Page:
Corn Planting Options May Increase Silage Yields08 January 2014
US - As growers consider planting options for corn silage acreage, increasing the seeding rate and narrowing the row widths can boost yields.
University trials and research by DuPont Pioneer show that silage yields can rise when growers use greater plant populations and narrow planting row spacing.
Greater seeding rates typically offer expanded yield potential. Optimum plant population varies by soil type, soil fertility, water availability and plant genetics.
However, more advanced corn genetics are typically better suited to handle the increased stress of higher plant populations.
University and private research confirms that rows less than 30 inches apart are likely to increase corn silage yield. Thirty-seven experiments in four states revealed tonnage increases averaging seven per cent for row spacing of 15, 20 or 22 inches, compared to traditional 30-inch rows.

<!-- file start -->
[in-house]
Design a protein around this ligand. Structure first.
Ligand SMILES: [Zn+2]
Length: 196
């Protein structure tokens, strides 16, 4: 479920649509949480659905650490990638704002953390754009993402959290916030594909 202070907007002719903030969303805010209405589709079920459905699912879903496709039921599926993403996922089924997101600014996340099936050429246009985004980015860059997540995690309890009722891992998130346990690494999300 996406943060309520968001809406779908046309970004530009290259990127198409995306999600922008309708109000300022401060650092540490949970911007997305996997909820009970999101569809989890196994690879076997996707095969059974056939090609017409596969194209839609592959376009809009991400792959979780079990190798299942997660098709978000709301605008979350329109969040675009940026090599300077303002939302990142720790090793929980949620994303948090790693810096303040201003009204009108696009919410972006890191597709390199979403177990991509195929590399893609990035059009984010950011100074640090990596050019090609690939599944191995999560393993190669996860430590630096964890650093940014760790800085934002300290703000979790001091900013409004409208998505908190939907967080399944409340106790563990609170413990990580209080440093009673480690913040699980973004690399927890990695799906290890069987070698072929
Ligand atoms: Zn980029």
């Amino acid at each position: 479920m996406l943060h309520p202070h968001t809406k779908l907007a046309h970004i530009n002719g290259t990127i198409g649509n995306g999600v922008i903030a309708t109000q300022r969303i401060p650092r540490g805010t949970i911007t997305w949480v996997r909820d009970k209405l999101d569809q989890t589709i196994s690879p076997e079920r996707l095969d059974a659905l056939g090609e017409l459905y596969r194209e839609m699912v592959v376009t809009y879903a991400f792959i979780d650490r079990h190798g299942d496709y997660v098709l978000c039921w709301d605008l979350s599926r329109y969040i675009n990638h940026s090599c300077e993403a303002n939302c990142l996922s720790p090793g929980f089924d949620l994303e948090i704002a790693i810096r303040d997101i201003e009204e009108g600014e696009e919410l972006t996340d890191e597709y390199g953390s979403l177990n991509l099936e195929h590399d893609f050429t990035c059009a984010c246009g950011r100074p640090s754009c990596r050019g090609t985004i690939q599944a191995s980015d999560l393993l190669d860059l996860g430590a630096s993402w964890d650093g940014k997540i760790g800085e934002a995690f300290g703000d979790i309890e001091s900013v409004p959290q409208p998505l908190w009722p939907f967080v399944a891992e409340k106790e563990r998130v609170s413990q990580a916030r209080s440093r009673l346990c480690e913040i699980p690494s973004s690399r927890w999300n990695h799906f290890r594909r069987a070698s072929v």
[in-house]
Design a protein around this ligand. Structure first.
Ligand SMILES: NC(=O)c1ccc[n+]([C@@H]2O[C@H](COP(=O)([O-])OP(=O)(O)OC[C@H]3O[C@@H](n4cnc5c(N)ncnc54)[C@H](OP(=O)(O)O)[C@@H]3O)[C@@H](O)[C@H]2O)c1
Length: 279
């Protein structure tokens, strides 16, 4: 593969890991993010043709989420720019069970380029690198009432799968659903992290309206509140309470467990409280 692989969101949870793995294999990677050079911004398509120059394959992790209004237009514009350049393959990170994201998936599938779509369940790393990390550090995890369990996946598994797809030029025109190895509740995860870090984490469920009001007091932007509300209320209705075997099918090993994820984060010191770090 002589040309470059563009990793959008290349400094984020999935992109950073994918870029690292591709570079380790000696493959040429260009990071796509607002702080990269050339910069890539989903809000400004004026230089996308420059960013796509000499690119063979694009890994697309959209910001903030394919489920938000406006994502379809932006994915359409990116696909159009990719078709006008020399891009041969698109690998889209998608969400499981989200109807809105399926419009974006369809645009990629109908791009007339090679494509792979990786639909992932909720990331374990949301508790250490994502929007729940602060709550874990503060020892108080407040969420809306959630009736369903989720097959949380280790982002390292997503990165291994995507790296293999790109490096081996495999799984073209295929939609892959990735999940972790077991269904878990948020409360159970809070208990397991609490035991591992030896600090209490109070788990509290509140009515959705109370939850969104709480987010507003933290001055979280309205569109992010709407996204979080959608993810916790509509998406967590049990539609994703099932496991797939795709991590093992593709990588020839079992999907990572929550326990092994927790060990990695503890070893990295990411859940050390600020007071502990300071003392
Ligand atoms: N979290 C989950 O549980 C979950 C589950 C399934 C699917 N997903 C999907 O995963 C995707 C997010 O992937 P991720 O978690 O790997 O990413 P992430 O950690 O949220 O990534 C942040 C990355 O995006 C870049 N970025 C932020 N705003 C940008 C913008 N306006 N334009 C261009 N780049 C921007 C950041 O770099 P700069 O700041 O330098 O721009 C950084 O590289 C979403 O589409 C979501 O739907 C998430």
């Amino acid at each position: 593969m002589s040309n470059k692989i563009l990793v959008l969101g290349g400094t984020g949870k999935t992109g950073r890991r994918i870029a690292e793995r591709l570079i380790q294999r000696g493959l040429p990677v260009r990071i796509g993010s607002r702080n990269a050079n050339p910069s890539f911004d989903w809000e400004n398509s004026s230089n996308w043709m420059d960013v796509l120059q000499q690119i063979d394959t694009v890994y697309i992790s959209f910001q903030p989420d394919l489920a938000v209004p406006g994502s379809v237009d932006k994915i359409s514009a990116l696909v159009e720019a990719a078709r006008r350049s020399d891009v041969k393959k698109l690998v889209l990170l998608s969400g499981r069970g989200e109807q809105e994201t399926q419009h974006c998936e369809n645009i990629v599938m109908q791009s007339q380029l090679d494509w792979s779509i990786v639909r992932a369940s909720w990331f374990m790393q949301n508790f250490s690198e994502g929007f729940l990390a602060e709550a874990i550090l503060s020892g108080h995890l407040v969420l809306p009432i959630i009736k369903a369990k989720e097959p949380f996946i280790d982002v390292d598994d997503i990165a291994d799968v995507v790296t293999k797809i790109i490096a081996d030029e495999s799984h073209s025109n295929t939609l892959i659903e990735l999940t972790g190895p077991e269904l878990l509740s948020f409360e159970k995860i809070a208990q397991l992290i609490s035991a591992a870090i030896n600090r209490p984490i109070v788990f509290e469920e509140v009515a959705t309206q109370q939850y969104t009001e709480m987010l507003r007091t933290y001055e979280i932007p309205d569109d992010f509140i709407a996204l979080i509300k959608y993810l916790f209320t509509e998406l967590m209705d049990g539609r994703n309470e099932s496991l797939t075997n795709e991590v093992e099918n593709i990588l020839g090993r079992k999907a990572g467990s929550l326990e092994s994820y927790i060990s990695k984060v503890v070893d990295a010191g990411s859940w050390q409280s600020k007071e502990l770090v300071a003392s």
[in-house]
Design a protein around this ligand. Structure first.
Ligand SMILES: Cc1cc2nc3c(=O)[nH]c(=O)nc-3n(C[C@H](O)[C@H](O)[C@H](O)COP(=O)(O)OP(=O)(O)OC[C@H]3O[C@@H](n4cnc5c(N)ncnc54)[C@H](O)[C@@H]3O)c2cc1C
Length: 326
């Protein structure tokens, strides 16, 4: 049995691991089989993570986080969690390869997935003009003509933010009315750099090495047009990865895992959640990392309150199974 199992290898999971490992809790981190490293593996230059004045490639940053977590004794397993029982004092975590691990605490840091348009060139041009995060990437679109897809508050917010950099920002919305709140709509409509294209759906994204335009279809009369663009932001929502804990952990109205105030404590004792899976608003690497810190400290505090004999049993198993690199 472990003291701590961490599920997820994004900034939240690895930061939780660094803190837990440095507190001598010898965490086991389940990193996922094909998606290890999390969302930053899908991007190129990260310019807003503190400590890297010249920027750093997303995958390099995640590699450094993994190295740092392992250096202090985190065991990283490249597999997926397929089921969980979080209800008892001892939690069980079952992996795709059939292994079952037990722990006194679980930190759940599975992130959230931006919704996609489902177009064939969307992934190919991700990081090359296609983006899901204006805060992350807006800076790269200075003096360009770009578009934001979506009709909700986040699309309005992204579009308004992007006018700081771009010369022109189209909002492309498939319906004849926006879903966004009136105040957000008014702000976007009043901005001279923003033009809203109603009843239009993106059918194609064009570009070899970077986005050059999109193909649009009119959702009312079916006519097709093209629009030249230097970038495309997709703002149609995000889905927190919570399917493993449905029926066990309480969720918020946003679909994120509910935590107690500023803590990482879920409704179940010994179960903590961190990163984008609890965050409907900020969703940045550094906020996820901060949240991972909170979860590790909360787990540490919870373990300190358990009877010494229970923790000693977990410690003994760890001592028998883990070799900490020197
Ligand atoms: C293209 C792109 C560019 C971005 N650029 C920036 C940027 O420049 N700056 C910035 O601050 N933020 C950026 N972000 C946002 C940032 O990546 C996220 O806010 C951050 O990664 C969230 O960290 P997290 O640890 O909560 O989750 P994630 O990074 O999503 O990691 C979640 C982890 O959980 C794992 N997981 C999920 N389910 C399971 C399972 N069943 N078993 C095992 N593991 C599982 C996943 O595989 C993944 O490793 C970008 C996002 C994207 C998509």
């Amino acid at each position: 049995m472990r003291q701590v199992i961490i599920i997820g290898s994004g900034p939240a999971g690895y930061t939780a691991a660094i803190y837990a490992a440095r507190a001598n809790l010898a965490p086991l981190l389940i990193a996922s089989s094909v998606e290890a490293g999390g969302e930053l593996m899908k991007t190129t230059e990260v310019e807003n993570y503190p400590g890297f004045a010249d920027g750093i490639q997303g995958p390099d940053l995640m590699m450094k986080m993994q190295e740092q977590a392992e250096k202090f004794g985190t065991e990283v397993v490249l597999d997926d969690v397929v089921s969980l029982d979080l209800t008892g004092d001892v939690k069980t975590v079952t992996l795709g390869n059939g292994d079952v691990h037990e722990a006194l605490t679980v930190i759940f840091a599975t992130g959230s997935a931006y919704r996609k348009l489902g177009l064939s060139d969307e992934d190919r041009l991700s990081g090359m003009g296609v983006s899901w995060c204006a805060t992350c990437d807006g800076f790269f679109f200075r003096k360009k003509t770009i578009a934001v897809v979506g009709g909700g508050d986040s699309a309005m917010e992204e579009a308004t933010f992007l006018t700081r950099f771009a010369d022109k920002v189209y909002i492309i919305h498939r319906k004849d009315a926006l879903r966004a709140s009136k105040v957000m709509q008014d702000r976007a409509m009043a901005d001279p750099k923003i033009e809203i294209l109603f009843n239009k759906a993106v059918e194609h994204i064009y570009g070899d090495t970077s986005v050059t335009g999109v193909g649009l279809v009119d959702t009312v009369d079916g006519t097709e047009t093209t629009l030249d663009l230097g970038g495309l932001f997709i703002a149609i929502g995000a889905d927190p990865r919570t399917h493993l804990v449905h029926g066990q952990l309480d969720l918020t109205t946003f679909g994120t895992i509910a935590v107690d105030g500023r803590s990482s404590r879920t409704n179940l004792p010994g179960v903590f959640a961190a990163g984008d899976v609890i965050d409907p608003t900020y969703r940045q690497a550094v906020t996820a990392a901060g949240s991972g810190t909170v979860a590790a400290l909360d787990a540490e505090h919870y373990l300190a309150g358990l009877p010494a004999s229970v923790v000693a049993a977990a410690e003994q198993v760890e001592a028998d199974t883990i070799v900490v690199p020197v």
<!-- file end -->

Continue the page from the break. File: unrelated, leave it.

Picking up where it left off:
Increasing the seeding rate normally doesn’t require investing in additional equipment, but switching to narrow rows usually requires equipment purchases or hiring custom operators for planting and harvesting.
As growers plan for higher yields, they also need to adjust for increased demands for soil fertility and water. In addition, narrow rows can limit post-emergence weed control and fertilizer applications. Growers are often committed to harvesting narrow row corn for silage due to available equipment.
Increasing population and decreasing row spacing will likely increase plant heights. This may result in a larger risk of lodging and green snap, and slightly slower plant maturation with a corresponding lower percentage of dry matter at harvest. It can also culminate in a modest reduction in percentages of starch content and fiber digestibility.
Understanding these issues helps growers weigh the potential benefits and risks of increasing the seeding rate and narrowing row widths. These two decisions should be made independently, weighing the potential benefits and risks. If a grower has decided to transition to this approach, experts recommend growers maximize plant populations before investing in narrow row-planting and harvesting equipment.
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